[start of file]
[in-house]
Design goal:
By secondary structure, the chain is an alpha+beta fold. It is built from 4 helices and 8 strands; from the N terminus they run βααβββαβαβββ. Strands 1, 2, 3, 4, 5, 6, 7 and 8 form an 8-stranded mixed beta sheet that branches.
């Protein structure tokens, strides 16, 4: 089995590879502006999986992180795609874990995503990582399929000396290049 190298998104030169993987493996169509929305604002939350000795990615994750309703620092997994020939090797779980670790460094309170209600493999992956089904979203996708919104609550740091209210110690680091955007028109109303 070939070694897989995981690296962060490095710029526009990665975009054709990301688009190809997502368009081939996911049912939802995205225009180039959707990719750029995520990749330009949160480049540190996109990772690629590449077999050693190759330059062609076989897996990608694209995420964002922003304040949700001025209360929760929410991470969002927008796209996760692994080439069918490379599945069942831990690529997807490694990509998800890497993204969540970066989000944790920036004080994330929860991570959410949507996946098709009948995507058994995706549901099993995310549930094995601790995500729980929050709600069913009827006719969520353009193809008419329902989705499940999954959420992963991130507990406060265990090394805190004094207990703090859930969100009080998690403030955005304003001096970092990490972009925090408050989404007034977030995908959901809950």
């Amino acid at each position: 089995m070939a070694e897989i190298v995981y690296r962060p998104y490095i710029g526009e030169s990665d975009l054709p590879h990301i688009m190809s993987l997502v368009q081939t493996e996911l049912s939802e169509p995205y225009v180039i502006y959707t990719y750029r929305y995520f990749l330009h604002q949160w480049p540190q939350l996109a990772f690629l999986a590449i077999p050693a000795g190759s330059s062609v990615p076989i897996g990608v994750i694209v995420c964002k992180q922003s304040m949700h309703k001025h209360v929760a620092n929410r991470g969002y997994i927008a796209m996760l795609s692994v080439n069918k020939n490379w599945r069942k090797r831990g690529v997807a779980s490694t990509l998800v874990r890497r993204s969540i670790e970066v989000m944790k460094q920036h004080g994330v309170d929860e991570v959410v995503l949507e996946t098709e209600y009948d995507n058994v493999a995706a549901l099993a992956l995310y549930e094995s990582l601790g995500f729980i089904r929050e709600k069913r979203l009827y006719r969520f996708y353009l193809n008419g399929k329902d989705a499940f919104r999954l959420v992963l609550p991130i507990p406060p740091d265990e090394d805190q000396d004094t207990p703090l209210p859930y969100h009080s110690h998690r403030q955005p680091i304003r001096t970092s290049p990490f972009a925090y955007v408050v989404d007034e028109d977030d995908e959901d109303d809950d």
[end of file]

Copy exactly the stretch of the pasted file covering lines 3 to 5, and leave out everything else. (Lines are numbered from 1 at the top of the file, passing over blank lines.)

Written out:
By secondary structure, the chain is an alpha+beta fold. It is built from 4 helices and 8 strands; from the N terminus they run βααβββαβαβββ. Strands 1, 2, 3, 4, 5, 6, 7 and 8 form an 8-stranded mixed beta sheet that branches.
């Protein structure tokens, strides 16, 4: 089995590879502006999986992180795609874990995503990582399929000396290049 190298998104030169993987493996169509929305604002939350000795990615994750309703620092997994020939090797779980670790460094309170209600493999992956089904979203996708919104609550740091209210110690680091955007028109109303 070939070694897989995981690296962060490095710029526009990665975009054709990301688009190809997502368009081939996911049912939802995205225009180039959707990719750029995520990749330009949160480049540190996109990772690629590449077999050693190759330059062609076989897996990608694209995420964002922003304040949700001025209360929760929410991470969002927008796209996760692994080439069918490379599945069942831990690529997807490694990509998800890497993204969540970066989000944790920036004080994330929860991570959410949507996946098709009948995507058994995706549901099993995310549930094995601790995500729980929050709600069913009827006719969520353009193809008419329902989705499940999954959420992963991130507990406060265990090394805190004094207990703090859930969100009080998690403030955005304003001096970092990490972009925090408050989404007034977030995908959901809950």
């Amino acid at each position: 089995m070939a070694e897989i190298v995981y690296r962060p998104y490095i710029g526009e030169s990665d975009l054709p590879h990301i688009m190809s993987l997502v368009q081939t493996e996911l049912s939802e169509p995205y225009v180039i502006y959707t990719y750029r929305y995520f990749l330009h604002q949160w480049p540190q939350l996109a990772f690629l999986a590449i077999p050693a000795g190759s330059s062609v990615p076989i897996g990608v994750i694209v995420c964002k992180q922003s304040m949700h309703k001025h209360v929760a620092n929410r991470g969002y997994i927008a796209m996760l795609s692994v080439n069918k020939n490379w599945r069942k090797r831990g690529v997807a779980s490694t990509l998800v874990r890497r993204s969540i670790e970066v989000m944790k460094q920036h004080g994330v309170d929860e991570v959410v995503l949507e996946t098709e209600y009948d995507n058994v493999a995706a549901l099993a992956l995310y549930e094995s990582l601790g995500f729980i089904r929050e709600k069913r979203l009827y006719r969520f996708y353009l193809n008419g399929k329902d989705a499940f919104r999954l959420v992963l609550p991130i507990p406060p740091d265990e090394d805190q000396d004094t207990p703090l209210p859930y969100h009080s110690h998690r403030q955005p680091i304003r001096t970092s290049p990490f972009a925090y955007v408050v989404d007034e028109d977030d995908e959901d109303d809950d």